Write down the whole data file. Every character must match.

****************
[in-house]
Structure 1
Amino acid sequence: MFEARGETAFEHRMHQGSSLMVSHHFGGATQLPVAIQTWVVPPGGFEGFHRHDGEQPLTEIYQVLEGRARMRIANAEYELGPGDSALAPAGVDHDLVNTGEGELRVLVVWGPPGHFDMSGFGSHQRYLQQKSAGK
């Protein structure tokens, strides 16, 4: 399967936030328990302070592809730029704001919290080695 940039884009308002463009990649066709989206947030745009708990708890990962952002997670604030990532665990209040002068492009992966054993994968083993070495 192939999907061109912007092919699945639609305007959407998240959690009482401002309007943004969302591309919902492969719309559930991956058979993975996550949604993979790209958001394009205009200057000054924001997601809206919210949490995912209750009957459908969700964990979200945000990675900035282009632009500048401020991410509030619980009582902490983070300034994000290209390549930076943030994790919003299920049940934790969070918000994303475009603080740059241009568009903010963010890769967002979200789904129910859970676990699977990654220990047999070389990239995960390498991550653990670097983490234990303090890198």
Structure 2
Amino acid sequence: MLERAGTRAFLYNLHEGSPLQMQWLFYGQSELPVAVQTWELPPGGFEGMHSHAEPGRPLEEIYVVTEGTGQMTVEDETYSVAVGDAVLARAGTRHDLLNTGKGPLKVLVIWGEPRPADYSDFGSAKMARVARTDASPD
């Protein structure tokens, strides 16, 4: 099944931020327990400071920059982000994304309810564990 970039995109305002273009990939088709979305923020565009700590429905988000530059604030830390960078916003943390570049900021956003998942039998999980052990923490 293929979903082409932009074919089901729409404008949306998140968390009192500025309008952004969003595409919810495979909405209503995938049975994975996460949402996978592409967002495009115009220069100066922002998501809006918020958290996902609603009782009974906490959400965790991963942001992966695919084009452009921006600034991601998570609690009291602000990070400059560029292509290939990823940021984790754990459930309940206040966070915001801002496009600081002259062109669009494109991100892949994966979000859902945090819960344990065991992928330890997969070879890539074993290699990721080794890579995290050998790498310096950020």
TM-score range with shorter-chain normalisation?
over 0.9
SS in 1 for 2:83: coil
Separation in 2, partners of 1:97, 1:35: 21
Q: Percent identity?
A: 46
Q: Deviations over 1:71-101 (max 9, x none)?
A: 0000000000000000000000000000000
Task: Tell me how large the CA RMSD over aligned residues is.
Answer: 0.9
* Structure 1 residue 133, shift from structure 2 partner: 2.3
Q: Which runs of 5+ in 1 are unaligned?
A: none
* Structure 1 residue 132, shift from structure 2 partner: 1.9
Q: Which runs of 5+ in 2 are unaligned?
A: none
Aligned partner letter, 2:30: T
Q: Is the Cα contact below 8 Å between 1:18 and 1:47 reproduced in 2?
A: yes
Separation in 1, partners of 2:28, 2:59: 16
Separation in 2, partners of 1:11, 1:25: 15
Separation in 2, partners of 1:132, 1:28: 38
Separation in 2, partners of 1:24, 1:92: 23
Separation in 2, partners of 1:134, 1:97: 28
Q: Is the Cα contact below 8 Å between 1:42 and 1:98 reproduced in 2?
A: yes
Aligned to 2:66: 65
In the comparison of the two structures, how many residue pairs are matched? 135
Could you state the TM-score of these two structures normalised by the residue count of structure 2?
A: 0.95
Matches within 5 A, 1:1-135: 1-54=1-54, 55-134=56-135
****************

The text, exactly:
[in-house]
Structure 1
Amino acid sequence: MFEARGETAFEHRMHQGSSLMVSHHFGGATQLPVAIQTWVVPPGGFEGFHRHDGEQPLTEIYQVLEGRARMRIANAEYELGPGDSALAPAGVDHDLVNTGEGELRVLVVWGPPGHFDMSGFGSHQRYLQQKSAGK
């Protein structure tokens, strides 16, 4: 399967936030328990302070592809730029704001919290080695 940039884009308002463009990649066709989206947030745009708990708890990962952002997670604030990532665990209040002068492009992966054993994968083993070495 192939999907061109912007092919699945639609305007959407998240959690009482401002309007943004969302591309919902492969719309559930991956058979993975996550949604993979790209958001394009205009200057000054924001997601809206919210949490995912209750009957459908969700964990979200945000990675900035282009632009500048401020991410509030619980009582902490983070300034994000290209390549930076943030994790919003299920049940934790969070918000994303475009603080740059241009568009903010963010890769967002979200789904129910859970676990699977990654220990047999070389990239995960390498991550653990670097983490234990303090890198």
Structure 2
Amino acid sequence: MLERAGTRAFLYNLHEGSPLQMQWLFYGQSELPVAVQTWELPPGGFEGMHSHAEPGRPLEEIYVVTEGTGQMTVEDETYSVAVGDAVLARAGTRHDLLNTGKGPLKVLVIWGEPRPADYSDFGSAKMARVARTDASPD
């Protein structure tokens, strides 16, 4: 099944931020327990400071920059982000994304309810564990 970039995109305002273009990939088709979305923020565009700590429905988000530059604030830390960078916003943390570049900021956003998942039998999980052990923490 293929979903082409932009074919089901729409404008949306998140968390009192500025309008952004969003595409919810495979909405209503995938049975994975996460949402996978592409967002495009115009220069100066922002998501809006918020958290996902609603009782009974906490959400965790991963942001992966695919084009452009921006600034991601998570609690009291602000990070400059560029292509290939990823940021984790754990459930309940206040966070915001801002496009600081002259062109669009494109991100892949994966979000859902945090819960344990065991992928330890997969070879890539074993290699990721080794890579995290050998790498310096950020």
TM-score range with shorter-chain normalisation?
over 0.9
SS in 1 for 2:83: coil
Separation in 2, partners of 1:97, 1:35: 21
Q: Percent identity?
A: 46
Q: Deviations over 1:71-101 (max 9, x none)?
A: 0000000000000000000000000000000
Task: Tell me how large the CA RMSD over aligned residues is.
Answer: 0.9
* Structure 1 residue 133, shift from structure 2 partner: 2.3
Q: Which runs of 5+ in 1 are unaligned?
A: none
* Structure 1 residue 132, shift from structure 2 partner: 1.9
Q: Which runs of 5+ in 2 are unaligned?
A: none
Aligned partner letter, 2:30: T
Q: Is the Cα contact below 8 Å between 1:18 and 1:47 reproduced in 2?
A: yes
Separation in 1, partners of 2:28, 2:59: 16
Separation in 2, partners of 1:11, 1:25: 15
Separation in 2, partners of 1:132, 1:28: 38
Separation in 2, partners of 1:24, 1:92: 23
Separation in 2, partners of 1:134, 1:97: 28
Q: Is the Cα contact below 8 Å between 1:42 and 1:98 reproduced in 2?
A: yes
Aligned to 2:66: 65
In the comparison of the two structures, how many residue pairs are matched? 135
Could you state the TM-score of these two structures normalised by the residue count of structure 2?
A: 0.95
Matches within 5 A, 1:1-135: 1-54=1-54, 55-134=56-135